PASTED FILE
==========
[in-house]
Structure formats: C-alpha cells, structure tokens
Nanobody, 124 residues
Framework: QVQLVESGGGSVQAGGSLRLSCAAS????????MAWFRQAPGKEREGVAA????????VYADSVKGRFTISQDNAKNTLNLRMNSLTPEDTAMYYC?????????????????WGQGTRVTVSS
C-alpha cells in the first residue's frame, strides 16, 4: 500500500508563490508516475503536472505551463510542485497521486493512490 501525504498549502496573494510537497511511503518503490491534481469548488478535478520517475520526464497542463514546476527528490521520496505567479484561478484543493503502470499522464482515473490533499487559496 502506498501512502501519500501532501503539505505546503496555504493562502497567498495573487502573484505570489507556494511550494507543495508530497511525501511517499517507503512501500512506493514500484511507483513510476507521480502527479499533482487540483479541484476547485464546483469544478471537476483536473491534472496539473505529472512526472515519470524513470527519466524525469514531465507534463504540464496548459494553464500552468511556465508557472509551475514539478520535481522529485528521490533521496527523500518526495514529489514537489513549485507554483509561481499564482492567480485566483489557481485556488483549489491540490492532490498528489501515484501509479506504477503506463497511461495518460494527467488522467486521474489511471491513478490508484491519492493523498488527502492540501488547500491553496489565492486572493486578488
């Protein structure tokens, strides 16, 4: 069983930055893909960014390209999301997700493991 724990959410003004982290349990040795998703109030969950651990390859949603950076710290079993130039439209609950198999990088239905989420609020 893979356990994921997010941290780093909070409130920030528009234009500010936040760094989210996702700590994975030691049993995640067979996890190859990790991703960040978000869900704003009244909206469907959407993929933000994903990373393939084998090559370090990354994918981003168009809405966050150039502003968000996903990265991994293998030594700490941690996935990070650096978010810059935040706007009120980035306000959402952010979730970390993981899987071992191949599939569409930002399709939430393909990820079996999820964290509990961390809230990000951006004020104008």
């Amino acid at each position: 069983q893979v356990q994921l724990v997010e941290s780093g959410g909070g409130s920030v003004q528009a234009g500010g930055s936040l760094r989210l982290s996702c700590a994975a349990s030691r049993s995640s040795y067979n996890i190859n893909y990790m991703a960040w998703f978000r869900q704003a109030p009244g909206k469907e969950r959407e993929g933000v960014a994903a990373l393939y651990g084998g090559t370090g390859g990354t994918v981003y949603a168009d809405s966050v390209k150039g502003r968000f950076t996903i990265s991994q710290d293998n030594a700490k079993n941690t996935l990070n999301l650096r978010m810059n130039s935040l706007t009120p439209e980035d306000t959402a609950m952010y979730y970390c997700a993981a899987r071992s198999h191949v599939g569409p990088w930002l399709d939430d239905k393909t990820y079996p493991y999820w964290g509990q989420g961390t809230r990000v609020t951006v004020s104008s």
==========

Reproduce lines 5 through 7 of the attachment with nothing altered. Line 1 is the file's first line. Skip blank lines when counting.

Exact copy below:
C-alpha cells in the first residue's frame, strides 16, 4: 500500500508563490508516475503536472505551463510542485497521486493512490 501525504498549502496573494510537497511511503518503490491534481469548488478535478520517475520526464497542463514546476527528490521520496505567479484561478484543493503502470499522464482515473490533499487559496 502506498501512502501519500501532501503539505505546503496555504493562502497567498495573487502573484505570489507556494511550494507543495508530497511525501511517499517507503512501500512506493514500484511507483513510476507521480502527479499533482487540483479541484476547485464546483469544478471537476483536473491534472496539473505529472512526472515519470524513470527519466524525469514531465507534463504540464496548459494553464500552468511556465508557472509551475514539478520535481522529485528521490533521496527523500518526495514529489514537489513549485507554483509561481499564482492567480485566483489557481485556488483549489491540490492532490498528489501515484501509479506504477503506463497511461495518460494527467488522467486521474489511471491513478490508484491519492493523498488527502492540501488547500491553496489565492486572493486578488
């Protein structure tokens, strides 16, 4: 069983930055893909960014390209999301997700493991 724990959410003004982290349990040795998703109030969950651990390859949603950076710290079993130039439209609950198999990088239905989420609020 893979356990994921997010941290780093909070409130920030528009234009500010936040760094989210996702700590994975030691049993995640067979996890190859990790991703960040978000869900704003009244909206469907959407993929933000994903990373393939084998090559370090990354994918981003168009809405966050150039502003968000996903990265991994293998030594700490941690996935990070650096978010810059935040706007009120980035306000959402952010979730970390993981899987071992191949599939569409930002399709939430393909990820079996999820964290509990961390809230990000951006004020104008």
């Amino acid at each position: 069983q893979v356990q994921l724990v997010e941290s780093g959410g909070g409130s920030v003004q528009a234009g500010g930055s936040l760094r989210l982290s996702c700590a994975a349990s030691r049993s995640s040795y067979n996890i190859n893909y990790m991703a960040w998703f978000r869900q704003a109030p009244g909206k469907e969950r959407e993929g933000v960014a994903a990373l393939y651990g084998g090559t370090g390859g990354t994918v981003y949603a168009d809405s966050v390209k150039g502003r968000f950076t996903i990265s991994q710290d293998n030594a700490k079993n941690t996935l990070n999301l650096r978010m810059n130039s935040l706007t009120p439209e980035d306000t959402a609950m952010y979730y970390c997700a993981a899987r071992s198999h191949v599939g569409p990088w930002l399709d939430d239905k393909t990820y079996p493991y999820w964290g509990q989420g961390t809230r990000v609020t951006v004020s104008s």